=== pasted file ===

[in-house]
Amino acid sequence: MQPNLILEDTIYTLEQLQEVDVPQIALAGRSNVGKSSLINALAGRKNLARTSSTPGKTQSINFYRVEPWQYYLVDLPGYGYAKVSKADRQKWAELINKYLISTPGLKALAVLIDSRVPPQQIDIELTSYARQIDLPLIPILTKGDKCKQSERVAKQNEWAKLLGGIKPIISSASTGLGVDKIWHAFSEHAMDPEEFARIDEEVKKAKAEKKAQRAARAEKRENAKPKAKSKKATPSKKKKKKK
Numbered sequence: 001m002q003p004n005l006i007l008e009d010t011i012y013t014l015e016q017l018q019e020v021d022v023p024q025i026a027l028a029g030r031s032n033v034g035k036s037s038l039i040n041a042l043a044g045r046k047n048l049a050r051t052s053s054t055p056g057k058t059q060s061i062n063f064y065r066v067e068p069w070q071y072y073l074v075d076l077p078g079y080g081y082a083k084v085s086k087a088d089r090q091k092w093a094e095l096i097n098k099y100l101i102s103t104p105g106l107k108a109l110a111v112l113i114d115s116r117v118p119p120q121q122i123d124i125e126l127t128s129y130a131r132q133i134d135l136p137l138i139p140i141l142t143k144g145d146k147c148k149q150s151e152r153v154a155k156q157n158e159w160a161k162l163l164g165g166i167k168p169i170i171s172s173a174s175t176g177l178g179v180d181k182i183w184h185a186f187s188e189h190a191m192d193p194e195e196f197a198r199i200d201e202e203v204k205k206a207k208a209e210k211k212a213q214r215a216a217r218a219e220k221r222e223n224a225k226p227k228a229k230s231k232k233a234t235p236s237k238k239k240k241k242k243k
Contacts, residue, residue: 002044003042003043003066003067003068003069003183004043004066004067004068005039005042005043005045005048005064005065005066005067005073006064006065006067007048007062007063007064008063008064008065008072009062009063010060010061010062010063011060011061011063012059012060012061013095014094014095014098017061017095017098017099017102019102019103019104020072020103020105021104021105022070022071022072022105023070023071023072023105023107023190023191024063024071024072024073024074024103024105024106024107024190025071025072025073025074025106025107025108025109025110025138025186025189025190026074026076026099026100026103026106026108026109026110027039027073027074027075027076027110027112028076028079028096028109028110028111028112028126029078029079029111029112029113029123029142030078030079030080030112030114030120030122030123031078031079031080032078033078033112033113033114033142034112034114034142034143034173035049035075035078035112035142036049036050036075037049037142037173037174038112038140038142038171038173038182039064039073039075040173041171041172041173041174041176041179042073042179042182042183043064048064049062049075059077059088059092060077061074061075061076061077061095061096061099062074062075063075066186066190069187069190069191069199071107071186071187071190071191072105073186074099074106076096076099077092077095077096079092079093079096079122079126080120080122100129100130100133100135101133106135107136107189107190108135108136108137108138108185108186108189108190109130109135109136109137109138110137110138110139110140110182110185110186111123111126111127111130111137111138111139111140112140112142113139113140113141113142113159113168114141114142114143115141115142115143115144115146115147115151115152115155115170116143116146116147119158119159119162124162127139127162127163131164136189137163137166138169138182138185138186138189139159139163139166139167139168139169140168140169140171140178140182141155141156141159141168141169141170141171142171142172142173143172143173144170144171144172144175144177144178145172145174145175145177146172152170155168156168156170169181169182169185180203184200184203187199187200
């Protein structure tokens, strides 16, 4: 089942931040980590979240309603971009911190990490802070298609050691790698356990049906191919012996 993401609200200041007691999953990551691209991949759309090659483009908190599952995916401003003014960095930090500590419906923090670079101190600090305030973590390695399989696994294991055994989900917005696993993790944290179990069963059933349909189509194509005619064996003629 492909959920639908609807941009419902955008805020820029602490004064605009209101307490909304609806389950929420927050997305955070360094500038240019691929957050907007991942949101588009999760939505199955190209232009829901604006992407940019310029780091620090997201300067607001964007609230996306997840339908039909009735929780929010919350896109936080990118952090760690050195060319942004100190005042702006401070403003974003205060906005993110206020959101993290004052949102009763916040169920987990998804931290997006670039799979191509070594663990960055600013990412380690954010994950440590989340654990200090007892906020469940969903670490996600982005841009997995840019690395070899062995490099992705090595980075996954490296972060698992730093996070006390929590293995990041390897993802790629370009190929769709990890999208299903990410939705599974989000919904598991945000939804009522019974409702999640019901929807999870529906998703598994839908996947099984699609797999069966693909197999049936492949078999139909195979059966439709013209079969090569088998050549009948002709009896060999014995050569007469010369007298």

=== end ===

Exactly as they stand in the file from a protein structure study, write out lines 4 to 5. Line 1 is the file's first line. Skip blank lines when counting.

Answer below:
Contacts, residue, residue: 002044003042003043003066003067003068003069003183004043004066004067004068005039005042005043005045005048005064005065005066005067005073006064006065006067007048007062007063007064008063008064008065008072009062009063010060010061010062010063011060011061011063012059012060012061013095014094014095014098017061017095017098017099017102019102019103019104020072020103020105021104021105022070022071022072022105023070023071023072023105023107023190023191024063024071024072024073024074024103024105024106024107024190025071025072025073025074025106025107025108025109025110025138025186025189025190026074026076026099026100026103026106026108026109026110027039027073027074027075027076027110027112028076028079028096028109028110028111028112028126029078029079029111029112029113029123029142030078030079030080030112030114030120030122030123031078031079031080032078033078033112033113033114033142034112034114034142034143034173035049035075035078035112035142036049036050036075037049037142037173037174038112038140038142038171038173038182039064039073039075040173041171041172041173041174041176041179042073042179042182042183043064048064049062049075059077059088059092060077061074061075061076061077061095061096061099062074062075063075066186066190069187069190069191069199071107071186071187071190071191072105073186074099074106076096076099077092077095077096079092079093079096079122079126080120080122100129100130100133100135101133106135107136107189107190108135108136108137108138108185108186108189108190109130109135109136109137109138110137110138110139110140110182110185110186111123111126111127111130111137111138111139111140112140112142113139113140113141113142113159113168114141114142114143115141115142115143115144115146115147115151115152115155115170116143116146116147119158119159119162124162127139127162127163131164136189137163137166138169138182138185138186138189139159139163139166139167139168139169140168140169140171140178140182141155141156141159141168141169141170141171142171142172142173143172143173144170144171144172144175144177144178145172145174145175145177146172152170155168156168156170169181169182169185180203184200184203187199187200
């Protein structure tokens, strides 16, 4: 089942931040980590979240309603971009911190990490802070298609050691790698356990049906191919012996 993401609200200041007691999953990551691209991949759309090659483009908190599952995916401003003014960095930090500590419906923090670079101190600090305030973590390695399989696994294991055994989900917005696993993790944290179990069963059933349909189509194509005619064996003629 492909959920639908609807941009419902955008805020820029602490004064605009209101307490909304609806389950929420927050997305955070360094500038240019691929957050907007991942949101588009999760939505199955190209232009829901604006992407940019310029780091620090997201300067607001964007609230996306997840339908039909009735929780929010919350896109936080990118952090760690050195060319942004100190005042702006401070403003974003205060906005993110206020959101993290004052949102009763916040169920987990998804931290997006670039799979191509070594663990960055600013990412380690954010994950440590989340654990200090007892906020469940969903670490996600982005841009997995840019690395070899062995490099992705090595980075996954490296972060698992730093996070006390929590293995990041390897993802790629370009190929769709990890999208299903990410939705599974989000919904598991945000939804009522019974409702999640019901929807999870529906998703598994839908996947099984699609797999069966693909197999049936492949078999139909195979059966439709013209079969090569088998050549009948002709009896060999014995050569007469010369007298």